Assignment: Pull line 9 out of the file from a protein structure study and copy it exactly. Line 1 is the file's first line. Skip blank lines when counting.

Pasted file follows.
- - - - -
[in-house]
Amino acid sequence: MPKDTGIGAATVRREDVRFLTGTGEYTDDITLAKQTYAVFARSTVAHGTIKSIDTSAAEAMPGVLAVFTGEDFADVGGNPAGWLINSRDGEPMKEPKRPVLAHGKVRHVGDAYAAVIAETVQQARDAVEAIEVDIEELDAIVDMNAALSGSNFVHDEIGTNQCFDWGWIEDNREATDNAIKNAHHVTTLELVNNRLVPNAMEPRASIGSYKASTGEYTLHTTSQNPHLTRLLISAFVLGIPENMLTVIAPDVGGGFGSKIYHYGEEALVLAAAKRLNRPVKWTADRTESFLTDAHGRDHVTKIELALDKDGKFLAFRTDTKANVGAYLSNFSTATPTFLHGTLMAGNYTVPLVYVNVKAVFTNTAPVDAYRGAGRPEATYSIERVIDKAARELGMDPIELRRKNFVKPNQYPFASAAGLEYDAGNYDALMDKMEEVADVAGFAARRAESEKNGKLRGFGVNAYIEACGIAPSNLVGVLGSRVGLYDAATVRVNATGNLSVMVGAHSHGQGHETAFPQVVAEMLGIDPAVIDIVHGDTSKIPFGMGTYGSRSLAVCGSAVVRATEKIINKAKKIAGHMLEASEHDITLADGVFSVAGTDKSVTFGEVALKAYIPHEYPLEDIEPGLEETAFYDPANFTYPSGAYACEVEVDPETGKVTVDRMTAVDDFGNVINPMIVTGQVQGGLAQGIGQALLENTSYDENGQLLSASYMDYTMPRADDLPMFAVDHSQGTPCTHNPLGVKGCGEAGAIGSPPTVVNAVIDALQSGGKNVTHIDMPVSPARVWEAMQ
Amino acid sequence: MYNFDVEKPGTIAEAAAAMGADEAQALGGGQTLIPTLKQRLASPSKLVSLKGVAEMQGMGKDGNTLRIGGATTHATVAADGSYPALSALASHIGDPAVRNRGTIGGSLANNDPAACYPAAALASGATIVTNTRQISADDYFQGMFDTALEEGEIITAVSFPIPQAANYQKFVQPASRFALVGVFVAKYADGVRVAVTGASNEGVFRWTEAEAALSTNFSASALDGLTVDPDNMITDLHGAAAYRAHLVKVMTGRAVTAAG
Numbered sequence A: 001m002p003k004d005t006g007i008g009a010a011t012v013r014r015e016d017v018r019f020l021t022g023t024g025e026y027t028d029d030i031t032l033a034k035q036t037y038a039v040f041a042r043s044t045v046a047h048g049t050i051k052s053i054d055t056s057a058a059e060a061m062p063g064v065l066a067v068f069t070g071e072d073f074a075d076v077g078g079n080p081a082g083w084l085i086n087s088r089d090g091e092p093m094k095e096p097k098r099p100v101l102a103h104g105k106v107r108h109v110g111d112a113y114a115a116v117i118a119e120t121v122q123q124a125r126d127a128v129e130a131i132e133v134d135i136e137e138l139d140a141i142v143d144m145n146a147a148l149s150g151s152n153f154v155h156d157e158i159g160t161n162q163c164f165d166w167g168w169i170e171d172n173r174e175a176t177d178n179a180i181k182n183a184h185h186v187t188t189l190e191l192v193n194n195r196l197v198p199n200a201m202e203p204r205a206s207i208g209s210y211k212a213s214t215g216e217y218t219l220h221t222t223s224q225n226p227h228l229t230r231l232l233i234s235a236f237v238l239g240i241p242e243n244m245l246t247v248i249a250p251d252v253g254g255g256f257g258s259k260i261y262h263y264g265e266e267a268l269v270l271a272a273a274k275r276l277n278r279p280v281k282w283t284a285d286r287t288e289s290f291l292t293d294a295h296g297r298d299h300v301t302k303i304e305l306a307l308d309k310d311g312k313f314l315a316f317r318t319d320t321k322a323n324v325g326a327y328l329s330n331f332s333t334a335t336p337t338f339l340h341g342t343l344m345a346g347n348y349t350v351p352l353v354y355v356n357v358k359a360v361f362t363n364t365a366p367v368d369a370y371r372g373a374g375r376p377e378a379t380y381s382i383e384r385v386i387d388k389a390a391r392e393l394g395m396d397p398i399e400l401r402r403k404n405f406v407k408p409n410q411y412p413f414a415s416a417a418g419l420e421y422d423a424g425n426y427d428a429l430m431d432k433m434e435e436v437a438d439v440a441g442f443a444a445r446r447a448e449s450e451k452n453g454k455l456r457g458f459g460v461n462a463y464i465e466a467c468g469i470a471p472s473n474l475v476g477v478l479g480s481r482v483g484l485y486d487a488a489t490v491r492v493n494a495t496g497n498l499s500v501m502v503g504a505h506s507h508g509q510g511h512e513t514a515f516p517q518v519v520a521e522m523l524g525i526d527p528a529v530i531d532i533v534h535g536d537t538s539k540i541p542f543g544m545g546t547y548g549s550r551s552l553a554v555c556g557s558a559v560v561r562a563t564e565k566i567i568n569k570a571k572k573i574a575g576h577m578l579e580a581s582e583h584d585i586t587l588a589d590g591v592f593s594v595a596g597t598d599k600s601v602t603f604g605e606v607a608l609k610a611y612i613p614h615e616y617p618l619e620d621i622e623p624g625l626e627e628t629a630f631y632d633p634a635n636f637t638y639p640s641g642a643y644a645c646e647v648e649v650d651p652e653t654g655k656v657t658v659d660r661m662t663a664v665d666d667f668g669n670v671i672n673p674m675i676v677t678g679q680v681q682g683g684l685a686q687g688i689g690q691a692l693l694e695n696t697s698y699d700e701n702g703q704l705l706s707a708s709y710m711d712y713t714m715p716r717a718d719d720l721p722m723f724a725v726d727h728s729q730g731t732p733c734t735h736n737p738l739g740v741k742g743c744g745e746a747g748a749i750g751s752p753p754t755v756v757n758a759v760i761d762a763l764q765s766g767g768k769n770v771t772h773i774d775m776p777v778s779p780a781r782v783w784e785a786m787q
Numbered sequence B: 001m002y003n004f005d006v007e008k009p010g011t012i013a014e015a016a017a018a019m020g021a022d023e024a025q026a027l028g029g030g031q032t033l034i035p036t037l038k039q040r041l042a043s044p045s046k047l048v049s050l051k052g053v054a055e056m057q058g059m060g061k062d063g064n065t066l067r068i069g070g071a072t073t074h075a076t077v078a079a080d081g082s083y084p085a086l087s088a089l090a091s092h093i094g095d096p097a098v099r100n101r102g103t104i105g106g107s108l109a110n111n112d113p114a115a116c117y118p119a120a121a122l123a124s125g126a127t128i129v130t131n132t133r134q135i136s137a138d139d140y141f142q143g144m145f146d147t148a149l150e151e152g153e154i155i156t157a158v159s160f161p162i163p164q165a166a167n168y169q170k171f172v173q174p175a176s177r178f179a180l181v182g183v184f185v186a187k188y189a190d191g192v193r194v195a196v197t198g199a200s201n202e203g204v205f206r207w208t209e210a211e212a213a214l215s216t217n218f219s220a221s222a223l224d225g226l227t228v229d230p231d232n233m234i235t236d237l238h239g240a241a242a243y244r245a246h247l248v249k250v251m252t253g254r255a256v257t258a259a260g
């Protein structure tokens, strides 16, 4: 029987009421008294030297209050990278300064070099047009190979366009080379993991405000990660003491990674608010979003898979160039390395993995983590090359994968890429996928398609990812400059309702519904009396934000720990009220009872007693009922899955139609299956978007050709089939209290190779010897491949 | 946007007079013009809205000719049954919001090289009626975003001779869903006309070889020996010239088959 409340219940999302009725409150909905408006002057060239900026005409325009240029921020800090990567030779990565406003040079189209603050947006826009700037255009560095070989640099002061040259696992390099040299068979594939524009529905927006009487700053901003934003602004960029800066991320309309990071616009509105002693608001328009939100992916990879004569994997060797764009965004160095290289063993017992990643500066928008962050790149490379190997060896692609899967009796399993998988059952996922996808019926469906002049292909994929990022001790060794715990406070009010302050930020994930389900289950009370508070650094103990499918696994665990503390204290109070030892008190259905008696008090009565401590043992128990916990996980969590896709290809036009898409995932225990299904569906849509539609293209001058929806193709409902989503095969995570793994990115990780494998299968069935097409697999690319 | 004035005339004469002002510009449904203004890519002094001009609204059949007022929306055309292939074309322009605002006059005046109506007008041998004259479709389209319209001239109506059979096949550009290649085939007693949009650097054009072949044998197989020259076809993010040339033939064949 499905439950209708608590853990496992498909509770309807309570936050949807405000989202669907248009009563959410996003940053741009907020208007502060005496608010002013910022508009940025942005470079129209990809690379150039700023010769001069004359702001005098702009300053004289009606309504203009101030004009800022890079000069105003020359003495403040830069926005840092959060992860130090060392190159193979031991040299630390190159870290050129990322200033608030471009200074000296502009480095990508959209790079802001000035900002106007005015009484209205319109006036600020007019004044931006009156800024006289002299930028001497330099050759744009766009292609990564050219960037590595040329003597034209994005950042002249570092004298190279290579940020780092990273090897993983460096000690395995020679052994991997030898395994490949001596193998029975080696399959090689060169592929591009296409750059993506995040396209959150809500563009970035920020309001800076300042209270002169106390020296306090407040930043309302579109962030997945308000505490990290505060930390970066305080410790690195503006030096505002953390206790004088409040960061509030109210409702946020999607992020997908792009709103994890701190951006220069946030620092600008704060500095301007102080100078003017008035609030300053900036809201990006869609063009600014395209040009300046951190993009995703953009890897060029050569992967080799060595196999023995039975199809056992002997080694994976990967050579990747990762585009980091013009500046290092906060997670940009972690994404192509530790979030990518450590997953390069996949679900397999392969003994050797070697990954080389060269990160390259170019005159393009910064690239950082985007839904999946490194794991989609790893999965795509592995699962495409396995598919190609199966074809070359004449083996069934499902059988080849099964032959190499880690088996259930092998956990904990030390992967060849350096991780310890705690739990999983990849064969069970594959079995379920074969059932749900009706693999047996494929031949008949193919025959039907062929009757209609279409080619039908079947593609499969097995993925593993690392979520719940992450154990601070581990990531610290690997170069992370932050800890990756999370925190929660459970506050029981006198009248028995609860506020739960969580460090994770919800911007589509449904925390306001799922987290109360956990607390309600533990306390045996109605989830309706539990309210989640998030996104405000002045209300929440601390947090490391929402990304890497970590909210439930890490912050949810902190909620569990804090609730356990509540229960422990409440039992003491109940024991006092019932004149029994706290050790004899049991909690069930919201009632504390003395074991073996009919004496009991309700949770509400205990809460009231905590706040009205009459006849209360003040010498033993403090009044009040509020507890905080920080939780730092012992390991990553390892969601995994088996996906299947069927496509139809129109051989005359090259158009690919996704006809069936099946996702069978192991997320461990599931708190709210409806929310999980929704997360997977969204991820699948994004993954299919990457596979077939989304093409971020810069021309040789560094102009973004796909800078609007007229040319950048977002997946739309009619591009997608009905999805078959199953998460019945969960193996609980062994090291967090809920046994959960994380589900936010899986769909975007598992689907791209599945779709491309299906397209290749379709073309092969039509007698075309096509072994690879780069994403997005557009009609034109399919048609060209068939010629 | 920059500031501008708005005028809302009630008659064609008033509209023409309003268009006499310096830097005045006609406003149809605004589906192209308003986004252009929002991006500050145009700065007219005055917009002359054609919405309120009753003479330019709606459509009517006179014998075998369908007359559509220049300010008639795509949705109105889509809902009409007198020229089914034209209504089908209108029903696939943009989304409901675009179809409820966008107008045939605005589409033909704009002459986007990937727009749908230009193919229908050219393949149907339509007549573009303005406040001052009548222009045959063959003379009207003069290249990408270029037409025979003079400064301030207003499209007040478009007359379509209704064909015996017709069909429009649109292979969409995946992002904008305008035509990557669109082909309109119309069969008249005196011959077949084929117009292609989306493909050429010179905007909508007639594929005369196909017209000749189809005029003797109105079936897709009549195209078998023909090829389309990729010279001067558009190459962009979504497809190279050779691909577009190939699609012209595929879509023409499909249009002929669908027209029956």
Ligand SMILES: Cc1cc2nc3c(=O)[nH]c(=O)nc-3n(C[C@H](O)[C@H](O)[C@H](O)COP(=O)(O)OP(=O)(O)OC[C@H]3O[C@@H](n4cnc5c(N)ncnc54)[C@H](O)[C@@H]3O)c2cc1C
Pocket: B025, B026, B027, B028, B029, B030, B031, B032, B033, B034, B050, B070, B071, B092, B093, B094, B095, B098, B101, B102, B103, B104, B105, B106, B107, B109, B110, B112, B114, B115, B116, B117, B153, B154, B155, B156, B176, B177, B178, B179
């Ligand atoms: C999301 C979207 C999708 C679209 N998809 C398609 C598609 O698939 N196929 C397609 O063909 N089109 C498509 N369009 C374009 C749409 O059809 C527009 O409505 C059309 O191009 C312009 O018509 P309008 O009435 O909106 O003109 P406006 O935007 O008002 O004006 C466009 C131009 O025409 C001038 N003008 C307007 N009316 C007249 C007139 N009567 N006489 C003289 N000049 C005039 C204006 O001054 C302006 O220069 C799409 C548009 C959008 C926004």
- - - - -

């Ligand atoms: C999301 C979207 C999708 C679209 N998809 C398609 C598609 O698939 N196929 C397609 O063909 N089109 C498509 N369009 C374009 C749409 O059809 C527009 O409505 C059309 O191009 C312009 O018509 P309008 O009435 O909106 O003109 P406006 O935007 O008002 O004006 C466009 C131009 O025409 C001038 N003008 C307007 N009316 C007249 C007139 N009567 N006489 C003289 N000049 C005039 C204006 O001054 C302006 O220069 C799409 C548009 C959008 C926004």